The WP-Series Fiesta that arrived here in 2004 came as a three-tiered range with three or five-door versions. Only one engine – a 74kW, twin-cam 1.6-litre petrol – was available to buyers of early cars, so you made your choice based on equipment levels.
The three-door LX cost $14,990 plus an extra $2000 for air-conditioning. Even then, it wasn’t bare or bland, with power steer, mirrors and front glass backed by remote central locking, four-speaker sound (but no CD slot), a leather-rimmed wheel, dual air-bags and belt tensioners. Adding ABS involved spending $17,490 on an automatic version.
Jumping up to the Ghia version, which with automatic transmission sold at launch for $23,790, brought all the safety gear plus a CD stacker, alloys, fog lights and five-door convenience.
People who wanted to be noticed would likely prefer the Zetec version. It also came as a three or five door but added 15-inch alloy wheels with 16s as an option, a deeper air-dam for a more muscular appearance and fog lights
Those who wanted a genuinely feisty Fiesta had to wait until 2006 when Ford imported a batch of ‘hot hatch’ XR4s. With 2.0 litres punching out 110kW and with masses of included equipment, these still sold for less than $25,000.
Helping deal with a 40 percent power increase were 17 inch diameter alloys hosting 40-profile, P Zero tyres. Bigger brakes with lowered and stiffened suspension were among the bits you might not notice but up top were a deeper air-dam, side skirts and a rear roof spoiler. If anyone had doubts about this being a performance car, fat front-to-rear ‘GT’ stripes dispelled that notion.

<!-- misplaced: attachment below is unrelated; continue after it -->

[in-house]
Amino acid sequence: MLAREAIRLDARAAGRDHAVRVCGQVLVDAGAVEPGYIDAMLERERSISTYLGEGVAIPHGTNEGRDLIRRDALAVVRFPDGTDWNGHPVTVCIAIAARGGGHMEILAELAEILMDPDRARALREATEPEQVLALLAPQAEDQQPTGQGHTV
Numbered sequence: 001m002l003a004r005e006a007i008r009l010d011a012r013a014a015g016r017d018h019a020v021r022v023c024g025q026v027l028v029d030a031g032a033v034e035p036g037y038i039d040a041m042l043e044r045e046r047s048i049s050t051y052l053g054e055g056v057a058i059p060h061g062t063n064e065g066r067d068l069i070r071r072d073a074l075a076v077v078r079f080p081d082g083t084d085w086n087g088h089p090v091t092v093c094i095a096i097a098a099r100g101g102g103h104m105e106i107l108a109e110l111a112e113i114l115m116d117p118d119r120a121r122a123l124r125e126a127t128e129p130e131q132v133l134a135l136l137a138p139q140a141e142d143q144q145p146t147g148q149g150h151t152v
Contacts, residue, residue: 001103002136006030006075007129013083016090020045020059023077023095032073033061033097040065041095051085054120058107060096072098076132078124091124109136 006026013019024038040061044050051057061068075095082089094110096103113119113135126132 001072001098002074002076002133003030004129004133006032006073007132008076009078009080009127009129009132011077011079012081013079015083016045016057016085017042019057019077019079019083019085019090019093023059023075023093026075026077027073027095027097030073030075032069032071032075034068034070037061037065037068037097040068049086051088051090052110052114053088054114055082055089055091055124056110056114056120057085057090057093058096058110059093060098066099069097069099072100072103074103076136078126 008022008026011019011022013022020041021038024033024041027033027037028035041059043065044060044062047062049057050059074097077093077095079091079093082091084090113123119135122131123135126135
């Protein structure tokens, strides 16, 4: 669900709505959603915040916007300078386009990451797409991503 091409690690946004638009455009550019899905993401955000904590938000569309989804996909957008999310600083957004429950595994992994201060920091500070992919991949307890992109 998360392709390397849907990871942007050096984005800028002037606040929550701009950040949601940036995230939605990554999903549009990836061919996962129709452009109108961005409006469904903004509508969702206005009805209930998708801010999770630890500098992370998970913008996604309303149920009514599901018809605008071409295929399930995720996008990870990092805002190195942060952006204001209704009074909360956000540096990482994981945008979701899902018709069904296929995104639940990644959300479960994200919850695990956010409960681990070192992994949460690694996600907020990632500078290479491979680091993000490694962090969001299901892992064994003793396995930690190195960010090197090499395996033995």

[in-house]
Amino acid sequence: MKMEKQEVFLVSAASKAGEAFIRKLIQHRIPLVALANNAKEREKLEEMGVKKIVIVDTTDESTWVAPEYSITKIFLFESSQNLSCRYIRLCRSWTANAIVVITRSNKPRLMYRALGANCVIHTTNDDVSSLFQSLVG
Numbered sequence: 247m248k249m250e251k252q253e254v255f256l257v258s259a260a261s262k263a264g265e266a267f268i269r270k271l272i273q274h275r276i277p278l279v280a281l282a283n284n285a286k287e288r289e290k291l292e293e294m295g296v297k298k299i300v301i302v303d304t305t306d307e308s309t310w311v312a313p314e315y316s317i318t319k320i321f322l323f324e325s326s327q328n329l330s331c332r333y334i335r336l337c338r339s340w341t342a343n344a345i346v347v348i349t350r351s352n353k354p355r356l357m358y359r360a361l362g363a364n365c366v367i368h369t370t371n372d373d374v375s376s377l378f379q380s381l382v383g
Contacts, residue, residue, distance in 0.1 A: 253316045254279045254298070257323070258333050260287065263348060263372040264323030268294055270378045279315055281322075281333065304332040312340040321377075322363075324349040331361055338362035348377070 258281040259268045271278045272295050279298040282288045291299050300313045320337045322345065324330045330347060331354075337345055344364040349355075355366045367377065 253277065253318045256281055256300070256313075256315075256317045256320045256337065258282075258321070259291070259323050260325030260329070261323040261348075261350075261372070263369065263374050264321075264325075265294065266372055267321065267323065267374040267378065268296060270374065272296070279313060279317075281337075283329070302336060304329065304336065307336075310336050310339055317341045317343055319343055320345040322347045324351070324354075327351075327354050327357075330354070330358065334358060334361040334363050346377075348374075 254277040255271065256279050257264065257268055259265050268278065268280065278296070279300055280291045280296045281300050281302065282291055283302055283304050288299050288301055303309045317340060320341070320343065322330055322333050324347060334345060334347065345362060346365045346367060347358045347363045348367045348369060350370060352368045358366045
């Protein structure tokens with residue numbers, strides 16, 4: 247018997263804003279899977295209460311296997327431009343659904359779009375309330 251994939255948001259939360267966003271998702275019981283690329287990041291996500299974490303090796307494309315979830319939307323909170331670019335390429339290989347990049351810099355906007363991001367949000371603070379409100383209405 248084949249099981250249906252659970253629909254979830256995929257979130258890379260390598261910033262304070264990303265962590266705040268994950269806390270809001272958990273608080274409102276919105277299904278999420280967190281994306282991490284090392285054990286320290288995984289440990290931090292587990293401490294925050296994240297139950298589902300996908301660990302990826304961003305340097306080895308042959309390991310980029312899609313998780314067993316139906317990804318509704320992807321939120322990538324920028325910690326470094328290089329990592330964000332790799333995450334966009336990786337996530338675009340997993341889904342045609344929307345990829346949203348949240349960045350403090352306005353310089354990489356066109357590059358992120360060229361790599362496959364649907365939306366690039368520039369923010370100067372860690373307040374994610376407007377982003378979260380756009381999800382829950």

The seats even in low-cost models are well-shaped and it’s unusual to see a used Fiesta with trashed trim. Later versions have a trip computer and will connect your MP3 player as well.
Ford isn’t the only offender but ditching the full-sized spare in a country the size of Australia and where specialised tyres are hard to source it is an ill-advised measure. If you travel in or through remote locations, make a trip to the wreckers first for an extra wheel and tyre.
In other respects the Fiesta promotes a good case for Light Car safety. Upper-end versions come with a variety of air-bags and all of them pick up Four Stars in its ANCAP crash testing. Make sure you get one with ABS (anti-lock) brakes
People who are considering a used Fiesta may already have checked out the fuel consumption figures and been impressed. However, reality is somewhat different from the ‘claimed’ consumption numbers. They show 6.9 litres/100km but tests using 1.6 automatics under everyday conditions returned around 8.0L/100km.
Bumpers can suffer splits and broken mounts
Check hatch for damage to the sealing rubber
Avoid an automatic that feels sluggish when accelerating, jerks or shudders
Clutch shudder is common and usually due to owner abuse.
Plastic headlamp covers are vulnerable to damage and can go ‘cloudy’ when exposed to harsh weather
Brake wear was common to early models but after-market pads and rotors can extend distance
HOW IT RATES
Running Costs: 8/10
On The Road: 6/10
GUIDE SCORE: 35.5/50
VALUE RANGE (Ghia Automatic)
FAIR: $1600 GOOD: $3000 EXCELLENT: $4500